Honoring the enduring legacy of Enid and Bob Fogel, the Fogel Dinner continues to support diversity at Booth.
- October 10, 2016
The companionship of scholars and the thrill of continuous learning are two wonderful aspects of a life in science,” Robert W. Fogel wrote in a short autobiography when he won the 1993 Nobel Memorial Prize in Economic Sciences. “When one is engaged with students who are both very curious and very bright, it is never quite clear who is teaching whom.”
That passion for engaging with students stood at the core of the Fogel Dinner, one of the enduring legacies of the late Nobel laureate and longtime Booth professor, and his wife, Enid M. Fogel, the onetime associate dean of students at Booth. Together, they hosted the first Fogel Dinner in 1982 to welcome minority students at Booth to the school and the Hyde Park community. Each fall for the next three decades, Bob—as he was known to colleagues and students—and Enid opened the doors of their brownstone on University Avenue. After his wife’s death in 2007, Fogel continued the tradition until he passed away in 2013.
Now, each fall, Chicago Booth carries on the legacy of this remarkable couple. The 34th annual Fogel Dinner will be held at Gleacher Center on October 4, 2016, for African American, Hispanic American, and Native American Booth students and alumni. “The spirit of the Fogel Dinner is to share the remarkable story of Enid and Bob, and to celebrate our community and our accomplishments while welcoming incoming students to the Booth family,” said Jessica Jaggers, director of diversity affairs and student life at Booth.
“Enid and Bob really loved each other. They were an incredible team,” said Stacey Kole, PhD ’92 (Economics), the deputy dean for alumni, corporate relations, and the Full-Time MBA program and clinical professor of economics. Kole came to the University of Chicago to do a PhD in its top-ranked Economics department, largely because of Fogel. As an undergraduate, she had studied at the University of Rochester with Stanley Engerman, Fogel’s coauthor for the groundbreaking and controversial 1974 book, Time on the Cross: The Economics of American Negro Slavery. “The Fogel Dinner is about embracing people for who they are,” Kole said. “Bob and Enid opened their home to the students to let them know that the university was their home.”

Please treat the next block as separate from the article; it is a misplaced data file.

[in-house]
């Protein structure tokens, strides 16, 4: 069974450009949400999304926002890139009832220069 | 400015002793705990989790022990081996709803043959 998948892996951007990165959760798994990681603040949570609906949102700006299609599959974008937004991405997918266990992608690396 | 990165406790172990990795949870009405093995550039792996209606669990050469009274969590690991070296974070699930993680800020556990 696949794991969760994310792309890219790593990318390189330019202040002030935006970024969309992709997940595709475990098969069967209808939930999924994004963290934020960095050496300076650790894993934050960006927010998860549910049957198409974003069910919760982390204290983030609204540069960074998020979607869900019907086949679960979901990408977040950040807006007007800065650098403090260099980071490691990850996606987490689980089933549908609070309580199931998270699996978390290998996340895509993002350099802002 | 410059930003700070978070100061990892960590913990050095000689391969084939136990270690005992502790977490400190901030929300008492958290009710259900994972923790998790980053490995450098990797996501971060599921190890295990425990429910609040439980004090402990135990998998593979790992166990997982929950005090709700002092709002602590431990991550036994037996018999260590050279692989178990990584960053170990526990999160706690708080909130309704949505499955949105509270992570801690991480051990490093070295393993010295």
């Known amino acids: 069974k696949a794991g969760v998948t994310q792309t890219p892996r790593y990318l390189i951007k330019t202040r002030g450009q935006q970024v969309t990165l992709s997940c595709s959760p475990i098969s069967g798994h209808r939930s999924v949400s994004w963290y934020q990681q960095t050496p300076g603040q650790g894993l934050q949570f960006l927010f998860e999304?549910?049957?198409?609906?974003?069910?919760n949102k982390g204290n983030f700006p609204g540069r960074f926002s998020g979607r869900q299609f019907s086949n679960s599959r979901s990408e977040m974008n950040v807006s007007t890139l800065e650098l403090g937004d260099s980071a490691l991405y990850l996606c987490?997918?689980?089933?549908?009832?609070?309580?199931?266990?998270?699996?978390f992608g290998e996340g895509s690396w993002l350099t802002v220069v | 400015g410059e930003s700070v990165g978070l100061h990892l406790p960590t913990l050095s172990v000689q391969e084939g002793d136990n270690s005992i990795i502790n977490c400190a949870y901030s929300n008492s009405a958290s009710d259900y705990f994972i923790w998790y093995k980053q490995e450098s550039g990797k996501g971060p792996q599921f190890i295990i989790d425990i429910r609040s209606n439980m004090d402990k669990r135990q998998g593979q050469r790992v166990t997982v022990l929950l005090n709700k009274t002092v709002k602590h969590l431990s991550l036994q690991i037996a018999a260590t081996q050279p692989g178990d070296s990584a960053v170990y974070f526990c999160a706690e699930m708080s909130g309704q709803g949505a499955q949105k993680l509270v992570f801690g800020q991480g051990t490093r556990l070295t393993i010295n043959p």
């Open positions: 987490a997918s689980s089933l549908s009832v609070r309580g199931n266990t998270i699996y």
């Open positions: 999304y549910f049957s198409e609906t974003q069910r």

“You cannot think about Enid and Bob and not recognize the potential you have to do something that can be as great.”
As an interracial couple starting out in the mid-20th century, the Fogels faced discrimination just going about the quotidian pursuits of life, which Bob recalled in a 2007 interview with Chicago Booth Magazine.
“Enid and I knew we were flying in the face of convention,” Fogel told CBM. “New York [where Fogel was raised, attended school, and met his wife] still had a lot of racial segregation when we got married. There were restaurants that would not seat blacks. . . . When we sat in the New York subway trains holding hands, everybody would look at us, black and white alike; it was so unusual.”
At the dinner, Enid made sure the penurious student guests got a hearty meal, served despite the cramped quarters on the family china. “Enid felt very close to the minority community at Chicago, and she was passionate about bringing in strong minority students to the program,” said Eddie Pulliam, senior associate director of admissions, who attended the dinner over the years and worked with Enid Fogel at Booth. “Bob loved to meet people and understand why they wanted to get an MBA,” Pulliam said. After her husband gave a welcome speech, Enid had one especially cherished tradition. “After Bob spoke, that was her sign to ring a little glass bell,” Pulliam recalled. “It added a touch of elegance to the evening.”
The Fogel Dinner tradition continues this fall, complete with a dinner bell. “It’s a great opportunity for students to see that the diversity community is a much larger group than the current classes,” Jaggers said. It also reinforces Bob and Enid’s amazing legacy. “They were both very accomplished folks, able to forge ahead regardless of roadblocks,” Pulliam said. “You cannot think about what they went through and not recognize the potential that you have to do something that can be as great.”
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